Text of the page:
However, only a handful of companies build the eight- and four-person racing shells that define the sport. The ninth seat, in the stern, is reserved for the coxswain, who steers the boat and set the tempo.
“Our bread and butter are the eights and fours,” said Tytus, though the company also builds singles and doubles for one and two rowers.
The larger boats “have the biggest list price, the biggest margins,” he said. The 57-foot eight-man shells, just 24-inches across at the mid-point, weigh about 206 pounds. They are swift but temperamental. “To make a boat faster, you have to make it tippier,” explained Tytus.
Prices start at $42,000 and include rigging, seat backs, a zippered cover and eight pairs of rowing shoes.
Early boats were made of wood, including mahogany, Western red cedar and Sitka spruce. An eight-man scull might tip the scales at 250 pounds or more.
In the 1980s, carbon fiber composites, the same material that serves as the base for some aircraft components, including the wings of the Boeing 777X, found favor with boat builders and rowers.
The racing boat-airplane industry connection isn’t exactly new.
George Pocock gave up his trade during World War I when airplane maker Bill Boeing tapped him to build a stronger, lighter wooden pontoon for the company’s Model-50 seaplanes, under a U.S. Navy contract.
With orders for military aircraft pouring in, Boeing’s founder promoted Pocock to shop foreman at the company’s factory, the Red Barn in Seattle.
When the war ended and airplane orders fizzled, Pocock returned to boat building.
The second pandemic
The racing boat company weathered the 1918 influenza pandemic. Tytus hopes it will survive the coronavirus pandemic.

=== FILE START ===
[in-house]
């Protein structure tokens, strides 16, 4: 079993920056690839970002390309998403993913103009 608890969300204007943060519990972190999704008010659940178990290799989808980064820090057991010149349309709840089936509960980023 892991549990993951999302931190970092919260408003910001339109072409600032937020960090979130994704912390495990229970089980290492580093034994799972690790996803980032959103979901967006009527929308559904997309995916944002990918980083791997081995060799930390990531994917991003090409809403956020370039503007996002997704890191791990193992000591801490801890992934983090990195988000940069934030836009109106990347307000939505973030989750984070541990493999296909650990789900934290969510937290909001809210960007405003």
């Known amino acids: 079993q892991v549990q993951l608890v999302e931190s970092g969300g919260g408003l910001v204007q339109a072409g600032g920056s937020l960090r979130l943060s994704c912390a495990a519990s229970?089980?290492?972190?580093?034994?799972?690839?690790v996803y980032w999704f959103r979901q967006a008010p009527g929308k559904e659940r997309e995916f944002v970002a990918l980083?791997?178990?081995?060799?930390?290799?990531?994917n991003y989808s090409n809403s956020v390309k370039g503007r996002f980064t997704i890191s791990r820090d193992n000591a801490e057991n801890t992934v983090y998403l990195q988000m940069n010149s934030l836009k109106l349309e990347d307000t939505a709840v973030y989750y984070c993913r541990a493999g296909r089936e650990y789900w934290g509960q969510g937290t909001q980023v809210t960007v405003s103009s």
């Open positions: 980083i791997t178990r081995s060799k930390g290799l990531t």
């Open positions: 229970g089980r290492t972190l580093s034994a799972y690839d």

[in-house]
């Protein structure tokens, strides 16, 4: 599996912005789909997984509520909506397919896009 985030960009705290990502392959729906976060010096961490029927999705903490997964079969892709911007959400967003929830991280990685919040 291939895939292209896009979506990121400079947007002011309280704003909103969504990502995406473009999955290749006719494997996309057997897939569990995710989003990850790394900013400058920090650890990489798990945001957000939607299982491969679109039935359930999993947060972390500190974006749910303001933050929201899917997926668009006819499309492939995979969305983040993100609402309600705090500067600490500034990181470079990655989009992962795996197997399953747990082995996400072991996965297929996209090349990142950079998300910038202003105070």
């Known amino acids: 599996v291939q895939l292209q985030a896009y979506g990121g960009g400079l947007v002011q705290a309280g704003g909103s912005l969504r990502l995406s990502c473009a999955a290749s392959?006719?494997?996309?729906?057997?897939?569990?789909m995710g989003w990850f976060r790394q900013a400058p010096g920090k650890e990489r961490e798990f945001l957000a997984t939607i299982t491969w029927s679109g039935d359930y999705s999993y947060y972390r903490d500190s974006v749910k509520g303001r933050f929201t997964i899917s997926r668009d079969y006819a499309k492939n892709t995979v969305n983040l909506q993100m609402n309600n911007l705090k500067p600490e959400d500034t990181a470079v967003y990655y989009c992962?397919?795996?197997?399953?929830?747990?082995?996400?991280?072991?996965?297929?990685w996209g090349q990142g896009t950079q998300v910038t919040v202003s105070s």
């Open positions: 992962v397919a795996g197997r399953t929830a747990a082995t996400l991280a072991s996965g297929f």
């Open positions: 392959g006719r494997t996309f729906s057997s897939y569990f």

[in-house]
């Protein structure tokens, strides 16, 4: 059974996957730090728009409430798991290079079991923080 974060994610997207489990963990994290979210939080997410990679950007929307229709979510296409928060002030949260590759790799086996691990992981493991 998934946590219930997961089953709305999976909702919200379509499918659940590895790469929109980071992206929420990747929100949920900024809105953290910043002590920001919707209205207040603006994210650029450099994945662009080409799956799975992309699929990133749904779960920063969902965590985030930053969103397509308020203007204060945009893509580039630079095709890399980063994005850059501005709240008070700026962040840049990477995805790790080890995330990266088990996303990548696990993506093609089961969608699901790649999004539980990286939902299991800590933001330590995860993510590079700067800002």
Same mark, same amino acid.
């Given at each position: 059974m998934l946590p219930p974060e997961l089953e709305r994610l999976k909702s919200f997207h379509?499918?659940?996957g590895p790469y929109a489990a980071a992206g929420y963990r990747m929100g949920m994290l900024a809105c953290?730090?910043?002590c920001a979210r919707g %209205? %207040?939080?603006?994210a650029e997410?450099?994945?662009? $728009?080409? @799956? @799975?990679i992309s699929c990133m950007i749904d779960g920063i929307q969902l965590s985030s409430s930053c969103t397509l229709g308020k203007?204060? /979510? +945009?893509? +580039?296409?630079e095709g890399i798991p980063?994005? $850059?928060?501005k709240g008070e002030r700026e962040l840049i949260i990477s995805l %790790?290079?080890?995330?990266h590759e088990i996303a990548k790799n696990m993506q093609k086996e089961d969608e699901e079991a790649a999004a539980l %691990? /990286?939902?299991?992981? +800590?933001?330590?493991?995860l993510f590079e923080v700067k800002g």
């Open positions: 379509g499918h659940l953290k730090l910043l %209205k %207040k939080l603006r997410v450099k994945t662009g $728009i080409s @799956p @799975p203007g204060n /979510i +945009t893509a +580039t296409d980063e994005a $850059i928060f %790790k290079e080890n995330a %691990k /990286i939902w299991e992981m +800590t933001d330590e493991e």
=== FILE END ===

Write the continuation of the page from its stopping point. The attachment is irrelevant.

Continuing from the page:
While rowing isn’t exactly a contact sport, “it’s impossible to socially distance in an eight-person shell,” said Tytus. “There’s not a need to build the big team boats.”
However, one bright spot has surfaced.
Some campuses are allowing athletes to practice if they can do so safely, Tytus said.
“Since people can’t get together in crew, they still want to practice, so they’re buying single boats,” he said. “There’s been a real run on those.”
Will demand for the 27-foot shells — priced at $10,000 and up — be enough to carry the century-old business through a second pandemic?
Tytus and the company’s 22 employees hope so.
“What’s the alternative? Shutting the doors?” he asked.
In the meantime, until college football shows signs of returning, the company plans to use the lull to design a new line of single shells.
“We’re building new molds for new boats,” Tytus said as he walked through the 26,000-square-foot factory in south Everett. Under a high ceiling and bright lights, a group of workers using squeegees applied plastic resin to carbon fiber fabric, pressed into a mold that forms the hull. Once the glossy white hulls cure, they’ll be buffed, sanded and outfitted.
“Normally this stuff is on the back burner,” said Tytus. “We were too busy building the team boats and we never would have considered it before this. “
Still, he’s had to cut employee hours and turn Friday into a four-hour day.
A federal Paycheck Protection Program loan helped the company make payroll when the factory had to close from March 23 through early June.
“We weren’t considered essential,” said Tytus, referring to Gov. Jay Inslee’s “Stay Home, Stay Healthy” order that shuttered non-essential businesses this spring.
The loan, though helpful, was a temporary fix, he said.
“We’ve run the business conservatively. I’ve got a good relationship with the landlord — my dad,” said Tytus. “We’re in a good position to withstand this now, but can we withstand it for multiple years? No.”
Janice Podsada; email@example.com; 425-339-3097; Twitter: JanicePods